When I posted photos of my ovarian cyst, my uterus, and my good ovary on Facebook, my Dad’s only comment was, “WHY????” He knew my Mom wanted to see the photos, so that I’d scanned them for her wasn’t a shocker. But posting them in public baffled him.
In the past year as I’ve become an official Facebook freak (checking it out several times a day, leaving myself logged on all the time as I do other things, etc.), the issue of “TMI” (Too Much Information) has been a recurrent theme. That is, I make comments or updates and friends reply, “that’s TMI!”
Everyone has their own comfort level about sharing personal details of their life online. Some keep everything very safe and generic. Some share every detail of their lives in what I feel is tedious detail. There are loads of amateur porn sites out there with people *really* sharing a lot about themselves. And, there are thoughtful bloggers or social networkers who share intimate thoughts and opinions with what most would consider very tasteful boundaries.
What does it mean when someone responds with “that’s TMI!” What are the underlying messages? My friend Stephanie H. recently wrote about this and summed up so much of what I’ve been thinking:
i think responding with “TMI” (“too much information”) to anything is a really dismissive and inconsiderate thing to do, and is a passive-aggressive and indirect way of saying, “i’m not comfortable talking about this topic with you”, which is what should be said instead of something that means “you’re doing something rude/inappropriate/uncool by being kind enough to be willing to share your thoughts or experiences with me, and rather than being vulnerable and sharing my boundaries and comfort level with you, i think i’ll just try to make this all about you and ridicule you into shutting your fucking mouth.”
Beautiful, isn’t it?
As someone who has been told frequently I offer TMI I do think there is a difference between being boundry-less and being open. I know this from experience.
In the 90s, I wrote personal things on a website (we’d call it a blog, now). I didn’t just write my thoughts about abortion, or Jesus, or breastfeeding, or sex, but I wrote my innermost thoughts and feelings. Deepest insecurities and fears. I had no censor. It was freeing at the time because I learned a lot about myself. And, knowing other people were reading what I wrote (I had over 100 subscribers) also helped me process everything. But, that’s it, I was using it as a sort of tool for therapy. Discussing things best left for close friends or professionals. I don’t regret it, but when I see people online doing the same thing now I do cringe a little.
The difference for me is that I would never say “TMI” to someone. Like Stephanie, I hear people using the term and I feel they are being passive aggressive. I believe they are often reacting from a place of fear and judgment. I recognize people who like to label others as offering TMI mostly think they are being funny, teasing, or poking fun. But when I come across someone who I think maybe needs to reign it in, have some self-respect (privacy), and recognize there are appropriate places for sharing our most intimate details, I would never slam a door in their face for it. I may feel sorry for them, knowing what it’s like to expose themselves (the true over-sharers come across as overtly lonely and afraid). But I see that they are doing what they need to do. They are even brave for doing it. As Stephanie said, just because you don’t want to share as much of yourself as I do doesn’t make it okay for you to label me as inappropriate or wrong.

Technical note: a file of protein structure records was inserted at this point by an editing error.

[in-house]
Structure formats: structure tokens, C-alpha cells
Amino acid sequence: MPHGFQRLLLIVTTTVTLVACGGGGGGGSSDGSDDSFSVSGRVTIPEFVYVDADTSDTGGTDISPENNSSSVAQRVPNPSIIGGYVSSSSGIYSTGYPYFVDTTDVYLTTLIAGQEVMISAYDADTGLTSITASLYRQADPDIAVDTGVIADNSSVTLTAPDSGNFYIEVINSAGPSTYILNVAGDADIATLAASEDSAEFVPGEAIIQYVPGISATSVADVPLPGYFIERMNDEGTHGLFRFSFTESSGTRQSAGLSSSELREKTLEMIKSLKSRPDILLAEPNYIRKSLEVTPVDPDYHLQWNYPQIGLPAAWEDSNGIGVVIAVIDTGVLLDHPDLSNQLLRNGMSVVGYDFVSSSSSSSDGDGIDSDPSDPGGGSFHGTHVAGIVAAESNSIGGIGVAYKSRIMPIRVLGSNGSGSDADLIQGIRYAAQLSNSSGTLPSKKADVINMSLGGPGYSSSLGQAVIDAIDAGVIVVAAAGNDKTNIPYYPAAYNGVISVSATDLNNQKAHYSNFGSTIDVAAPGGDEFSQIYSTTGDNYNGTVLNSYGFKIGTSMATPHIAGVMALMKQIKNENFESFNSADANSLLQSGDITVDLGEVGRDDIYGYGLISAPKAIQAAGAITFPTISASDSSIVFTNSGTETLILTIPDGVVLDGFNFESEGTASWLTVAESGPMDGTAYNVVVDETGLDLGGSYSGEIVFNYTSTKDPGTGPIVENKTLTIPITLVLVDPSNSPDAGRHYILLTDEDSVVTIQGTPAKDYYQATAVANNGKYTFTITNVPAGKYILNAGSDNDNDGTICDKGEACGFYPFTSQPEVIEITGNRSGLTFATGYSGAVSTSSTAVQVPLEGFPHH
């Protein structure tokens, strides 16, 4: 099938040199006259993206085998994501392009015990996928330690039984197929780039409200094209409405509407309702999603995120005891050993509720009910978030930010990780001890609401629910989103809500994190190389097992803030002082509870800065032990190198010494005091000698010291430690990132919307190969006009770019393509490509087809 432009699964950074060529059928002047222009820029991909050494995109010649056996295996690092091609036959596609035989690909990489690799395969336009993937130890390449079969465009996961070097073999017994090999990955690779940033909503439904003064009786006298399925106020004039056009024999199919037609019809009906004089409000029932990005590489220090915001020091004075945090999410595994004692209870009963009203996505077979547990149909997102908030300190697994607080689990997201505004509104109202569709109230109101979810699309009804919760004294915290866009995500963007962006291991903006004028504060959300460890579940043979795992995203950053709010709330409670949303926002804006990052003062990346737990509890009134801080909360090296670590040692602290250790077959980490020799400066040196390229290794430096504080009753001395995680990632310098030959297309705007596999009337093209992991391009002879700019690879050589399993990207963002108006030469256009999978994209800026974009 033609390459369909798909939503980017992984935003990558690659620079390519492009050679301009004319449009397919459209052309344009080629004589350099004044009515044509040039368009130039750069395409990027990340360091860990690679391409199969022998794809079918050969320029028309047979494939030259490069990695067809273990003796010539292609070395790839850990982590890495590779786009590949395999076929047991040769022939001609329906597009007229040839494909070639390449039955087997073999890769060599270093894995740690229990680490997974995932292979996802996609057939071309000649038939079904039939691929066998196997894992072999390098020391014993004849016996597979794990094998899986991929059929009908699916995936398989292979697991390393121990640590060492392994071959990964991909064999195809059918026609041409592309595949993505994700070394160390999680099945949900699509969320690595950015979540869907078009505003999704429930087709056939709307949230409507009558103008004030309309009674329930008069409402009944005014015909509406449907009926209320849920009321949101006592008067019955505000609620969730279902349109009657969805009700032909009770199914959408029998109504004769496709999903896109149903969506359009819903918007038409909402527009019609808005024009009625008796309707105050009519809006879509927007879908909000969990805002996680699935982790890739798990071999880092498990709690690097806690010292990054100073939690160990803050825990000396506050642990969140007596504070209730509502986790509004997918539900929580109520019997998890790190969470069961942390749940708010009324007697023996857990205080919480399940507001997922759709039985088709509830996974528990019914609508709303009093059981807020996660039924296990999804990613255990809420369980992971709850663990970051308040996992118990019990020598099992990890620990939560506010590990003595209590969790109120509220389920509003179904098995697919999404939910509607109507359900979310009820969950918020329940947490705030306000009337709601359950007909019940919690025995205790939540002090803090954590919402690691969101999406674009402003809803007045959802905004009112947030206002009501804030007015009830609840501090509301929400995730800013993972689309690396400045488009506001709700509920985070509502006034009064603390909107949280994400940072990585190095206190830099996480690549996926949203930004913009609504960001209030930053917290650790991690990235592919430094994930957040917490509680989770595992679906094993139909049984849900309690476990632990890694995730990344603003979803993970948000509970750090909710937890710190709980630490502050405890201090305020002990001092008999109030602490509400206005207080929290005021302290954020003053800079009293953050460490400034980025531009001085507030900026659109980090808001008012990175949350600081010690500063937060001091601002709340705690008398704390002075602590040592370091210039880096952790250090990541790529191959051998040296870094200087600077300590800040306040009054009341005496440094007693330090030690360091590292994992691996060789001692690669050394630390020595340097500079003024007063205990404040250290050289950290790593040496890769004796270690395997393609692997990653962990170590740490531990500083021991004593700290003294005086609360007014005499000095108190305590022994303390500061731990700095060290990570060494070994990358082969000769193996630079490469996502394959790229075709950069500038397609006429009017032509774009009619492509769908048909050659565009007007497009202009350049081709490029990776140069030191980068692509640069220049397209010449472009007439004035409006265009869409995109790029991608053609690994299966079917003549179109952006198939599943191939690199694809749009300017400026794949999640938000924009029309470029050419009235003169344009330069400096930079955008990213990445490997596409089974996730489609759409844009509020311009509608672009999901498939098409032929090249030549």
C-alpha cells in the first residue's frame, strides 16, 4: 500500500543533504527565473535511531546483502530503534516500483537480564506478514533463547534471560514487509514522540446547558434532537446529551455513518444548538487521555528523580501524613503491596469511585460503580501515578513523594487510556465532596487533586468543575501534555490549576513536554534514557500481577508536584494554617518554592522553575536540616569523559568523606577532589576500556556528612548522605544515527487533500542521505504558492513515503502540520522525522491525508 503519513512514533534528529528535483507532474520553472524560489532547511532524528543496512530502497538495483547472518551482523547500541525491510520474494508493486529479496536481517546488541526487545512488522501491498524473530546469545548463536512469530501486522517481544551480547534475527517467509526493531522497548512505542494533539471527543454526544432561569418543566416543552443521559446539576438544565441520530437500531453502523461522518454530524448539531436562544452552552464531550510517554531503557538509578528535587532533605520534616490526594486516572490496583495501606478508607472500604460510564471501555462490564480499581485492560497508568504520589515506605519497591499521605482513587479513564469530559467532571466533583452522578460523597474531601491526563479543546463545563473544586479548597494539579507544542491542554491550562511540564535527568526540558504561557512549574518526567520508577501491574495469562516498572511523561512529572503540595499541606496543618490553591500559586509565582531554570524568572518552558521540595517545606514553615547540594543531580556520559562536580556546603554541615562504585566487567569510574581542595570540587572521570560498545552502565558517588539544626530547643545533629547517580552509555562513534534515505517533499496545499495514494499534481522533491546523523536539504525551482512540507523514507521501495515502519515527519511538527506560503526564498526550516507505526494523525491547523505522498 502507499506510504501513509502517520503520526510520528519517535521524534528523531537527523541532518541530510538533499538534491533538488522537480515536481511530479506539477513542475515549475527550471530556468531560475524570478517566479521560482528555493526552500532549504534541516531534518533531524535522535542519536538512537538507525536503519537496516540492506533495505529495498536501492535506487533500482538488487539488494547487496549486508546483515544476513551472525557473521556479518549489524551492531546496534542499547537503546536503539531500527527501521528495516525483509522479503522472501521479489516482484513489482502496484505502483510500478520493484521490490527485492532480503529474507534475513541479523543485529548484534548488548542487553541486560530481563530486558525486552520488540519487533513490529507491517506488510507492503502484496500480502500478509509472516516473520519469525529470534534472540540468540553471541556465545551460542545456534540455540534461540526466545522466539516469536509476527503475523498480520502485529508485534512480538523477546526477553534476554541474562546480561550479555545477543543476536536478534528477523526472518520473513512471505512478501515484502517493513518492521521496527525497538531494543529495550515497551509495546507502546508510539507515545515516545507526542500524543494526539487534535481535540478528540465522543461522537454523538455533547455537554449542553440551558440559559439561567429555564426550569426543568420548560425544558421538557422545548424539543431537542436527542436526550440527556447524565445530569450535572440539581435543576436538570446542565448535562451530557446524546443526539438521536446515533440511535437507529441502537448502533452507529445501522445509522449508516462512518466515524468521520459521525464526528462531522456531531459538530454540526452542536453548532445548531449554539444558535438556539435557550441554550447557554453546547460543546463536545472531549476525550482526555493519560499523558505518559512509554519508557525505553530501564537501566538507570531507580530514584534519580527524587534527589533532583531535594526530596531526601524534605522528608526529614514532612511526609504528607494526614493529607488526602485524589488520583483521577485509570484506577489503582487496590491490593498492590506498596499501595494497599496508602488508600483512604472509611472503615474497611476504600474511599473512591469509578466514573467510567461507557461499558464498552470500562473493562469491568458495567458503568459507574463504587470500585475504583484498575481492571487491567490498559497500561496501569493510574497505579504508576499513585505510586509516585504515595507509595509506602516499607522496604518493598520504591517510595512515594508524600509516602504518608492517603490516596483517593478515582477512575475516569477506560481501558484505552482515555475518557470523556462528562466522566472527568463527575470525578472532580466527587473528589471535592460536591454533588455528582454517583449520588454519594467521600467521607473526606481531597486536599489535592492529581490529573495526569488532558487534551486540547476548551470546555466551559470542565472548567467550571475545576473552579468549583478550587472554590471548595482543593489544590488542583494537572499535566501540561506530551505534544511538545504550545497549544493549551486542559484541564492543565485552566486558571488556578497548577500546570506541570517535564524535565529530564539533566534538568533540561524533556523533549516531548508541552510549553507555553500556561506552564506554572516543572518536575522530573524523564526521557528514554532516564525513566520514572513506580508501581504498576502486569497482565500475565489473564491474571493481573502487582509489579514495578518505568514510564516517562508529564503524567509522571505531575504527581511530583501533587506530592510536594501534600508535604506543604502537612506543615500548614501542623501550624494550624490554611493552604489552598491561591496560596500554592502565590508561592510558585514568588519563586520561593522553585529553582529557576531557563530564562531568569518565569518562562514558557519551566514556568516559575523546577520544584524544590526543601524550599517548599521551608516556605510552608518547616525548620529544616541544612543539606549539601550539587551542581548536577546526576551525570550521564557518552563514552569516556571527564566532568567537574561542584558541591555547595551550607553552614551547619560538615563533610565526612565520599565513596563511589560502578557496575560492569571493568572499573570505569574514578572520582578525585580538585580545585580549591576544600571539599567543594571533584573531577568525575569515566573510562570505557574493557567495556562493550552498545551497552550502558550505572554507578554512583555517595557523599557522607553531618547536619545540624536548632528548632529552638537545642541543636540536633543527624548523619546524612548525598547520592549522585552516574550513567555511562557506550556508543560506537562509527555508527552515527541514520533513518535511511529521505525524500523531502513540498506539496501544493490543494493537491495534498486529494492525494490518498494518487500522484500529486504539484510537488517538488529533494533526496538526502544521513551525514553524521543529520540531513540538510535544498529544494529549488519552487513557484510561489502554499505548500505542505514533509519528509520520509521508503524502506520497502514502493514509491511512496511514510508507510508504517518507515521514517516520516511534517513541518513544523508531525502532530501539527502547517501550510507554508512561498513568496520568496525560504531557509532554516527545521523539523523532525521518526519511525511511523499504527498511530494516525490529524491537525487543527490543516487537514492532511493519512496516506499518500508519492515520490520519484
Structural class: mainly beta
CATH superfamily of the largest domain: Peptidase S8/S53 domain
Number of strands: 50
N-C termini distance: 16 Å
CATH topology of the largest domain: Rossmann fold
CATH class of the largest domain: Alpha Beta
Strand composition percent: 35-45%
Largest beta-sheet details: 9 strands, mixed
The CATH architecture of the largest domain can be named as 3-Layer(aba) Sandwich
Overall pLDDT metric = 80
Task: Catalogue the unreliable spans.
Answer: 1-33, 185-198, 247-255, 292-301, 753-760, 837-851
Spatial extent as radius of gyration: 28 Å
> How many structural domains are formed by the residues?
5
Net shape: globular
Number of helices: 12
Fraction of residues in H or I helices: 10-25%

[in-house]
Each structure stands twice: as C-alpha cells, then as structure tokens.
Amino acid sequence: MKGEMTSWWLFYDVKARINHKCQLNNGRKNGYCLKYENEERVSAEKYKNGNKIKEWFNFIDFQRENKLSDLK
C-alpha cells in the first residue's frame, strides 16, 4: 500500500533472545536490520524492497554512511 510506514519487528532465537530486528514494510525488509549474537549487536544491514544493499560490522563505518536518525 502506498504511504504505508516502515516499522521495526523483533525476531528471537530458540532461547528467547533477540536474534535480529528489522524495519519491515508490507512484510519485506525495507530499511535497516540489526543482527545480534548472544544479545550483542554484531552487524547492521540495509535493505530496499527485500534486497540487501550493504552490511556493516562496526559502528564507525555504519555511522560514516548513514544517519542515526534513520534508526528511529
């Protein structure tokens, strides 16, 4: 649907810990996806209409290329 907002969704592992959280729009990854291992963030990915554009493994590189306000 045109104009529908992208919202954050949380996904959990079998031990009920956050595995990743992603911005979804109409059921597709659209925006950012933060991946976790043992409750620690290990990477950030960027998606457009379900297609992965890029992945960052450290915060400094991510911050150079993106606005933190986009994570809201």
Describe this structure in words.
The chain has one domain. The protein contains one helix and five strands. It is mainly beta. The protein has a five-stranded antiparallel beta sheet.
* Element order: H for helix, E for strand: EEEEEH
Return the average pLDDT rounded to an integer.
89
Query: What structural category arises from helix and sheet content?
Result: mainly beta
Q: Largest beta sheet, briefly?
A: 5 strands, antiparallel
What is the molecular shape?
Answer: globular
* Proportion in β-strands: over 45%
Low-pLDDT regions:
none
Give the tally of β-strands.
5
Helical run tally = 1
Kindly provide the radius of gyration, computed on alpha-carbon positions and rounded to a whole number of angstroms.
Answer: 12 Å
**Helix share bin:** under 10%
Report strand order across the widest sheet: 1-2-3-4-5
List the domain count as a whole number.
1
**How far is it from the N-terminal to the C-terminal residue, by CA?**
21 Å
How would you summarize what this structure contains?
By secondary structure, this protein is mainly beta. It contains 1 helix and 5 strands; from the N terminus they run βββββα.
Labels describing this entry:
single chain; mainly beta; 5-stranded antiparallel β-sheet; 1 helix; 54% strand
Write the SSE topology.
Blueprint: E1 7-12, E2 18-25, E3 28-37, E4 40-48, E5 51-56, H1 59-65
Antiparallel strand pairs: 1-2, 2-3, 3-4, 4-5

One of the funniest things for me about being consciously a TMI person online is that in reality, I’m a very private person. Only my husband and a couple of my dearest friends know the real me. I certainly discuss my bodily functions freely (as another Stephanie, a “Facebook friend,” points out, the more we talk about these things the less they are taboo) or what I’m feeling at any given moment. Whenever I choose to share something that seems ultra-personal to many people, I do so with an awareness that it may shock some, may entertain some, and very often may put some people off. I’m being me, but it’s me online. Just a part of me. And, like both Stephanies, I see great value in being open about what are typically very private subjects. Sharing what might be considered too personal, or TMI, or controversial in an honest way opens the door to great opportunities for learning for the sharer and the reader alike.
So, accuse me of offering TMI all you want — even MTMI (much too much…) as I got today — I’m making good choices for myself. I’m drawn to others who do the same whether they end up sharing a lot or a very little in the public arena. I respect other people’s choices and am pleased when they respect mine.